Depth of media coverage for academic papers strongly based on number of citations

Researchers aimed to fully understand the association between the scientific impact of a paper and the depth of coverage in mass media.

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Scientific findings, particularly those published in peer-reviewed papers, are always the subject of mass media coverage and social media discussion, with some studies ranking as one of the biggest news headlines annually. The level of impact a paper is judged by can be acquired through the number of times it is cited by other peer-reviewed papers.

In a new study, released online in PLOS One, researchers aimed to fully understand the association between the scientific impact of a paper and the depth of coverage in mass media.

In totality, 818 peer-reviewed papers based on physical health and exercise were examined. All of the papers, analyzed for scientific impact, depth of media coverage, and authorship reputability, had been originally published in 2007 and 2008.

“The purpose of this study was to clarify this relationship, while accounting for some other factors that likely influence scientific impact (e.g., the reputations of the scientists conducting the research and academic journal in which the research was published),” the team of co-authors at Brigham Young University (BYU) stated in the findings.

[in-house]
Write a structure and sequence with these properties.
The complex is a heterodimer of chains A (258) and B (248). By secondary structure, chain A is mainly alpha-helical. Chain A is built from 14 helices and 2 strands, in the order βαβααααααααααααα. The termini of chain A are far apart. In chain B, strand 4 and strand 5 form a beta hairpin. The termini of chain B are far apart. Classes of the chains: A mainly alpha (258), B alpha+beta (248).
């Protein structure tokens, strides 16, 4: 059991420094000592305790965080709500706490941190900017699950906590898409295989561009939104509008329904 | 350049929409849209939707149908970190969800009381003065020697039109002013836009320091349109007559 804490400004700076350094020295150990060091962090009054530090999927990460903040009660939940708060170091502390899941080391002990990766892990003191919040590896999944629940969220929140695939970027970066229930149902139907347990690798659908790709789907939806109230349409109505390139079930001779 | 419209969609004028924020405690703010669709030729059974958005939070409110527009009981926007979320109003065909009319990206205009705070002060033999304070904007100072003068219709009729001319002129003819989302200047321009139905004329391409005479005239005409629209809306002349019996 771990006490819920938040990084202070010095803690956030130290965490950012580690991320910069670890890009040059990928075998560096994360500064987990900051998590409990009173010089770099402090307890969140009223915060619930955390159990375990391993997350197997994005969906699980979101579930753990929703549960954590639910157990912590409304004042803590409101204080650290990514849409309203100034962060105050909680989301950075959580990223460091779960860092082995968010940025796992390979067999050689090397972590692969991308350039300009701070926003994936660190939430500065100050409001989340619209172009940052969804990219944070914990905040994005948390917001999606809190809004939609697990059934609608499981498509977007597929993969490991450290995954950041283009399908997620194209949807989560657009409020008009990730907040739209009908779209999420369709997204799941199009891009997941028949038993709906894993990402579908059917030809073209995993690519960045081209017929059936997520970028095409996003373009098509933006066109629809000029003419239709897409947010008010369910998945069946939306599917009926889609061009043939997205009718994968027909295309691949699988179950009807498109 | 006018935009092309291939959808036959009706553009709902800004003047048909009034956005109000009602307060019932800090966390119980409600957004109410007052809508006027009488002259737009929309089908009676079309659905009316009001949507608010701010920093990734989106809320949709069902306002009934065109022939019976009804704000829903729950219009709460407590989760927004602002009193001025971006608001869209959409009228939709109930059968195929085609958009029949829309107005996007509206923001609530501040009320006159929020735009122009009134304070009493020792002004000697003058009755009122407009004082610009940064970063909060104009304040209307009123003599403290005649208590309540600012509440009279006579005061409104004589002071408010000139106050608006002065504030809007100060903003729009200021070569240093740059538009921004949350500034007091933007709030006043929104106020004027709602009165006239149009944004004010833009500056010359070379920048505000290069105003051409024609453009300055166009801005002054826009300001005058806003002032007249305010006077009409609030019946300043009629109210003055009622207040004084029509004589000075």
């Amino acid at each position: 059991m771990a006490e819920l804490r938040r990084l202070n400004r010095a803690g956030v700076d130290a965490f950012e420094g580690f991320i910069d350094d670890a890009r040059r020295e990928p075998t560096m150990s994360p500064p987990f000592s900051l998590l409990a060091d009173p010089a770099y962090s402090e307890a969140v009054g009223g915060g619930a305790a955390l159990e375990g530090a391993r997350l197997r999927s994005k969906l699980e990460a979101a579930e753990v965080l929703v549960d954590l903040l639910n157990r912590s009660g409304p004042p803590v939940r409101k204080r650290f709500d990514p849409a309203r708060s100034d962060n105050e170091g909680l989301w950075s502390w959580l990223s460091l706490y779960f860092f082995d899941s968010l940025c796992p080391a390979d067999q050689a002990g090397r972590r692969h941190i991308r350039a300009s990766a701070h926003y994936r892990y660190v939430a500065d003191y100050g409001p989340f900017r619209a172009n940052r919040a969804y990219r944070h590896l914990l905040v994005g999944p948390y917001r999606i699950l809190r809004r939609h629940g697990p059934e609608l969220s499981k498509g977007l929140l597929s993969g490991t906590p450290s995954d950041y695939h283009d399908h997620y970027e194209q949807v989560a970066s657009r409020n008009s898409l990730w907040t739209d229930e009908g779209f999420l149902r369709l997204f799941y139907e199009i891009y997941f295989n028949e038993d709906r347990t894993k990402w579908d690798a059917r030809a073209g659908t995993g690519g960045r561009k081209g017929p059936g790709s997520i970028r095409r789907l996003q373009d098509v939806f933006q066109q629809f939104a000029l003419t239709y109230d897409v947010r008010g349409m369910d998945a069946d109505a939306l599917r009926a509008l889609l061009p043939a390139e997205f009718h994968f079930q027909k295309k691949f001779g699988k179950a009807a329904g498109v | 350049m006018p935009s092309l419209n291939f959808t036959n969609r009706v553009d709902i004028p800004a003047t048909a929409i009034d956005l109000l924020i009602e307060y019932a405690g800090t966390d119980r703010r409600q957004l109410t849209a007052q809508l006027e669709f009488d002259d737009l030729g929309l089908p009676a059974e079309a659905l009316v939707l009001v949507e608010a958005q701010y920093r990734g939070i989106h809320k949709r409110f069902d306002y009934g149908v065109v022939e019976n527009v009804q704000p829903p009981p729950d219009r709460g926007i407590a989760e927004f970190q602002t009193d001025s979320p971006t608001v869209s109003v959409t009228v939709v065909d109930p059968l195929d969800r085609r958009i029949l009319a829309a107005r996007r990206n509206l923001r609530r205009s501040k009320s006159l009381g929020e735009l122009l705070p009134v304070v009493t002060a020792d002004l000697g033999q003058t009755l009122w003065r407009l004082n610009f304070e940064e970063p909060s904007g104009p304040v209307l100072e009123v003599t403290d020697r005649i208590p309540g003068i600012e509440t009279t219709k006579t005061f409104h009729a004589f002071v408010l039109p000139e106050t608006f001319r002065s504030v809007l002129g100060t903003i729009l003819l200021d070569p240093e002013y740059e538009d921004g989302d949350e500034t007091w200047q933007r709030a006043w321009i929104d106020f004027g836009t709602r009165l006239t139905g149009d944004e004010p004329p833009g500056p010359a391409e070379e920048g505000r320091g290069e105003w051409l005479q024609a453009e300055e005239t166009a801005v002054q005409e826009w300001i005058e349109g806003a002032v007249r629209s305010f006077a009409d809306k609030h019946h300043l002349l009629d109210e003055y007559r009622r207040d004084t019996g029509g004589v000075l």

“A structural equation model was produced describing the relationship between non-scientific impact (popular media) and scientific impact (citations), while accounting for author/scientist and journal reputation.”

According to researchers, a direct link was uncovered between the depth of mass media coverage an academic paper receives and the subsequent number of times it is cited in peer-reviewed publications.

“These results indicate that (1) peer-reviewed scientific publications receiving more attention in non-scientific media are more likely to be cited than scientific publications receiving less popular media attention, and (2) the non-scientific media is associated with the scientific agenda,” the BYU research team affirmed.

“Much remains to be discovered concerning interactions between popular media, generally produced by and for non-scientists, and the scientific literature which has historically been written by and for the scientific community,” the study concluded.

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